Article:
The uppercut is probably the most improperly thrown punch in boxing.
Everybody knows how to throw a sharp jab, and a hard right hand, and killer left hook. But when it comes to uppercuts, oh man…it’s like everybody has their own creative interpretation. If you’ve never been closely adjusted on your uppercut technique by a coach before, there’s a good chance you’re leaving out tons of potential power.
The hardest part about mastering the uppercut
is to disregard the way it looks.
You have to get past the tendencies of dropping the arm, and crouching low, and exploding upwards with the uppercut. And even once you get past these beginner mistakes, you’ll have to adjust a dozen more details before it feels like ‘what the pros do’. It took me at least half a dozen variations by different coaches before I refined my uppercut technique to what it is today. And I’m proud to share those tips with you!
Learn how to get more power out of your uppercut!
Basic Uppercut Technique
1. Basic Stance
Get into your basic boxing stance.
You can throw the uppercut from any stance but for now we’ll stick to a neutral stance. Position yourself for the uppercut the same way that you would for a right cross or left hook.
The COMMON MISTAKE is to try and duck down or bend your knees or drop your hands low to “prepare” for the uppercut.
The uppercut can be thrown from your basic boxing stance,
no preparation or modified positions are necessary.
2. Pivot the Body
The body mechanics of the uppercut will be the same as your other power punches.
- For the left uppercut, rotate your body the same way you would for a left hook.
- For the right uppercut, rotate your body the same way you would for a right right cross.
Your body moves the same way like for a cross or hook, even though your arm is coming with an upwards angle now. The shoulders, hips, leg, and feet, will all pivot the same way. Don’t change anything or visualize the body movement differently just because your hand is going upwards instead of straight (cross) or around (hooks).
The COMMON MISTAKE is to lean back or “pop” upwards with your legs or do weird things with your body because you’re visualizing an upwards momentum.
The only thing that changes for the uppercut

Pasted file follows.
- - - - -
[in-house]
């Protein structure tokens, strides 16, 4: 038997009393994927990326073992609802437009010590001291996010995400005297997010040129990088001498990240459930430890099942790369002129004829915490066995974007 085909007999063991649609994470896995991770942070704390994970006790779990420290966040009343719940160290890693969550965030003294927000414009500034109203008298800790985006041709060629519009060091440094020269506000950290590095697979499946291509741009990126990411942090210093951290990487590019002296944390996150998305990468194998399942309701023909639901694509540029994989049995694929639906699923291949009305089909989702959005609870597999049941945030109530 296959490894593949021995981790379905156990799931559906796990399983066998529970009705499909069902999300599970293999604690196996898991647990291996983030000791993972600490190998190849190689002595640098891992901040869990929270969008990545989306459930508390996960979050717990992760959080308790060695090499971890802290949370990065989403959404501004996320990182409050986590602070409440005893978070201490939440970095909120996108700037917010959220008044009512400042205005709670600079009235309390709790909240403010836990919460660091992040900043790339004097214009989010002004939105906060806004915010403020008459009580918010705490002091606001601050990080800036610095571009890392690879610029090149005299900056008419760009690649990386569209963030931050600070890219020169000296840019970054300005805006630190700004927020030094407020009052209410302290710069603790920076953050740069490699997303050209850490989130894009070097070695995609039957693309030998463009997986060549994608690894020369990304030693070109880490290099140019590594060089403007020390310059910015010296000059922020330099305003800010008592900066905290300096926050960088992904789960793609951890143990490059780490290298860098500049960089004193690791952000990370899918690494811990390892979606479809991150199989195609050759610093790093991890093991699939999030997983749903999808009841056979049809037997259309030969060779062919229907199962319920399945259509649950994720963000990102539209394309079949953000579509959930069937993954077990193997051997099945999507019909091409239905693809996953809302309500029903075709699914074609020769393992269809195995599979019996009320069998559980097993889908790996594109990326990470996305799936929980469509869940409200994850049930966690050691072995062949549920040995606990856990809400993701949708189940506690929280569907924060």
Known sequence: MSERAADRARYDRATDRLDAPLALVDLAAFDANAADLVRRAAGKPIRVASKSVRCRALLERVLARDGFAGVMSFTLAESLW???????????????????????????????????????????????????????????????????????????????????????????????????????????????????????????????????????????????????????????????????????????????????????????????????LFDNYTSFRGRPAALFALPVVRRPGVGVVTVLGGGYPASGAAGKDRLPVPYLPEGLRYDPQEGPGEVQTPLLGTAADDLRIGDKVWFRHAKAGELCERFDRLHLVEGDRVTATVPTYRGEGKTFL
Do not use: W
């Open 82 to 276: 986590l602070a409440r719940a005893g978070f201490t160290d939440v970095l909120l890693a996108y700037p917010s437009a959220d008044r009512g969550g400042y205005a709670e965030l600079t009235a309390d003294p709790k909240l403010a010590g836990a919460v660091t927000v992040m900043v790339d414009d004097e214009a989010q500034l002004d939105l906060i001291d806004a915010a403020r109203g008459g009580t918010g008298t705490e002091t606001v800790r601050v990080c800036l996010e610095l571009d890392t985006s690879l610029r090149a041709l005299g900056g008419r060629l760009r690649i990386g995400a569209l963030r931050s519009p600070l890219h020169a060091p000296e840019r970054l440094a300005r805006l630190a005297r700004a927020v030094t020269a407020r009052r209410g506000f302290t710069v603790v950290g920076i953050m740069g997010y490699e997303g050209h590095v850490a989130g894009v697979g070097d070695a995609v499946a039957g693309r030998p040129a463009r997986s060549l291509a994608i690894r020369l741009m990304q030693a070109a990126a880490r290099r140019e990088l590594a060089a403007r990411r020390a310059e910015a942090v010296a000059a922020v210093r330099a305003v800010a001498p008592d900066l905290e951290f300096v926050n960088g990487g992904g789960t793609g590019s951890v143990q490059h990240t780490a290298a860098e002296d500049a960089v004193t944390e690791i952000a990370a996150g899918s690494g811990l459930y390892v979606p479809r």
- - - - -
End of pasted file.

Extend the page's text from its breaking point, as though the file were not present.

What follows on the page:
is the angle of your arm, not your body movement.
3. Don’t Shift Weight (During the Uppercut)
BEFORE the uppercut, make a small weight shift to side you’re punching from.
- For a left uppercut, shift more weight to your left foot.
- For a right uppercut, shift more weight to your right foot.
You only need a SMALL weight shift, think 60/40. Shift the weight by moving your head and hips towards the foot. This might seem like basic punching technique except…
The key is NOT to shift weight when you throw the punch. I REPEAT…DO NOT SHIFT WEIGHT…during the uppercut.
- This is an important detail that makes the uppercut technique I teach different from how some other coaches teach the uppercut.
The reason I like to stay on the same leg as the punching arm during the uppercut is because it lets me get UNDER the uppercut and get more leverage out of the punch. By staying on the same side as the punching during the uppercut, I feel like it lets me get my hips, my back, and my punching arm under the uppercut and generates more power this way. So again…what I do is shift to one side and then pivot in place as I dig the uppercut.
This isn’t to say that you can’t or shouldn’t shift weight, it’s that it has a different effect. When you shift weight and switch your weight to the other foot, your uppercut will have less solidity under it and it becomes more of a forward punch than an upwards punch. Basically, the uppercut has less “upwards” power when you shift weight away from the side of the punching arm. Now, shifting weight on the uppercut still has other uses such as setting you up to punch with the other arm, or moving your head to a new position (evasive purposes)…but the bottom line is is has less power than an uppercut that doesn’t shift.
You may have also noticed that this approach to shifting weight can also be applied to left hooks to the body. If you watch pro boxers carefully, you will notice that some of them will lean in and keep their weight forward on the front foot when they dig the left hook to the body rather than shift weight back to their rear foot.
See how Mike Tyson stays on the same foot as the throwing arm when he throws the uppercut? He’s definitely not shifting weight to the other foot. And it’s so much more powerful this way.
Get under the uppercut,
and DON’T shift weight during the punch.
4. Loop the arm.
The arms make a sharp compact loop.
You don’t need to release the fist all the way out or drop the fist before the punch. Remember that the uppercut is a short punch; if you have to reach, you’re probably not in range. Simply relax the arm as you release the uppercut and tighten the hand on impact. Keep your elbows down and your palm facing you throughout the uppercut.